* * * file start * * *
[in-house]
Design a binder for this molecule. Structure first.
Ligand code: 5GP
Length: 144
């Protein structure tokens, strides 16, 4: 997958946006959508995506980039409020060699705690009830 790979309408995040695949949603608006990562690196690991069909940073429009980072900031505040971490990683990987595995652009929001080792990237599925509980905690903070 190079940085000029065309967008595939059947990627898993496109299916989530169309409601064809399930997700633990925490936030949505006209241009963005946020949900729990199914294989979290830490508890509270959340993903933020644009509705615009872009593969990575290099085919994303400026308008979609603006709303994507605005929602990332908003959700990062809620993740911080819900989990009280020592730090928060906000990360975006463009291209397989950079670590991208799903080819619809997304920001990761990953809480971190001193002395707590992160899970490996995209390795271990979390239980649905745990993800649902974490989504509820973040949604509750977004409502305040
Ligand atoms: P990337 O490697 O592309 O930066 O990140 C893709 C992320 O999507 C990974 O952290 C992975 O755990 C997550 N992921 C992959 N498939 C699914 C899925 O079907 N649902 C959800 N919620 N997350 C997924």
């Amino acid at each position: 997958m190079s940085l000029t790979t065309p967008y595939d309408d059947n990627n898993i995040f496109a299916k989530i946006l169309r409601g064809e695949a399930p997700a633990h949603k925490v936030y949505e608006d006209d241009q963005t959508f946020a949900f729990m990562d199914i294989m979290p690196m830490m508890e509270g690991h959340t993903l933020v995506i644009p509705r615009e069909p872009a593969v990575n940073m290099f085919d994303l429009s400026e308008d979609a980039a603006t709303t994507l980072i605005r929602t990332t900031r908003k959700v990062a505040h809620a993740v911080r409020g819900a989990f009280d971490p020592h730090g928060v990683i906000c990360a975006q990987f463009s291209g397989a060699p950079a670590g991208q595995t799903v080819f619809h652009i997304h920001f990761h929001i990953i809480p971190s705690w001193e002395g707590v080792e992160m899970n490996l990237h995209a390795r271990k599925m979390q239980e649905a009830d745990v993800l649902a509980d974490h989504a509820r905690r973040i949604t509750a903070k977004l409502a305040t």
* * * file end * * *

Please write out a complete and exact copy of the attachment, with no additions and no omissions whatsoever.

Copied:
[in-house]
Design a binder for this molecule. Structure first.
Ligand code: 5GP
Length: 144
């Protein structure tokens, strides 16, 4: 997958946006959508995506980039409020060699705690009830 790979309408995040695949949603608006990562690196690991069909940073429009980072900031505040971490990683990987595995652009929001080792990237599925509980905690903070 190079940085000029065309967008595939059947990627898993496109299916989530169309409601064809399930997700633990925490936030949505006209241009963005946020949900729990199914294989979290830490508890509270959340993903933020644009509705615009872009593969990575290099085919994303400026308008979609603006709303994507605005929602990332908003959700990062809620993740911080819900989990009280020592730090928060906000990360975006463009291209397989950079670590991208799903080819619809997304920001990761990953809480971190001193002395707590992160899970490996995209390795271990979390239980649905745990993800649902974490989504509820973040949604509750977004409502305040
Ligand atoms: P990337 O490697 O592309 O930066 O990140 C893709 C992320 O999507 C990974 O952290 C992975 O755990 C997550 N992921 C992959 N498939 C699914 C899925 O079907 N649902 C959800 N919620 N997350 C997924």
């Amino acid at each position: 997958m190079s940085l000029t790979t065309p967008y595939d309408d059947n990627n898993i995040f496109a299916k989530i946006l169309r409601g064809e695949a399930p997700a633990h949603k925490v936030y949505e608006d006209d241009q963005t959508f946020a949900f729990m990562d199914i294989m979290p690196m830490m508890e509270g690991h959340t993903l933020v995506i644009p509705r615009e069909p872009a593969v990575n940073m290099f085919d994303l429009s400026e308008d979609a980039a603006t709303t994507l980072i605005r929602t990332t900031r908003k959700v990062a505040h809620a993740v911080r409020g819900a989990f009280d971490p020592h730090g928060v990683i906000c990360a975006q990987f463009s291209g397989a060699p950079a670590g991208q595995t799903v080819f619809h652009i997304h920001f990761h929001i990953i809480p971190s705690w001193e002395g707590v080792e992160m899970n490996l990237h995209a390795r271990k599925m979390q239980e649905a009830d745990v993800l649902a509980d974490h989504a509820r905690r973040i949604t509750a903070k977004l409502a305040t």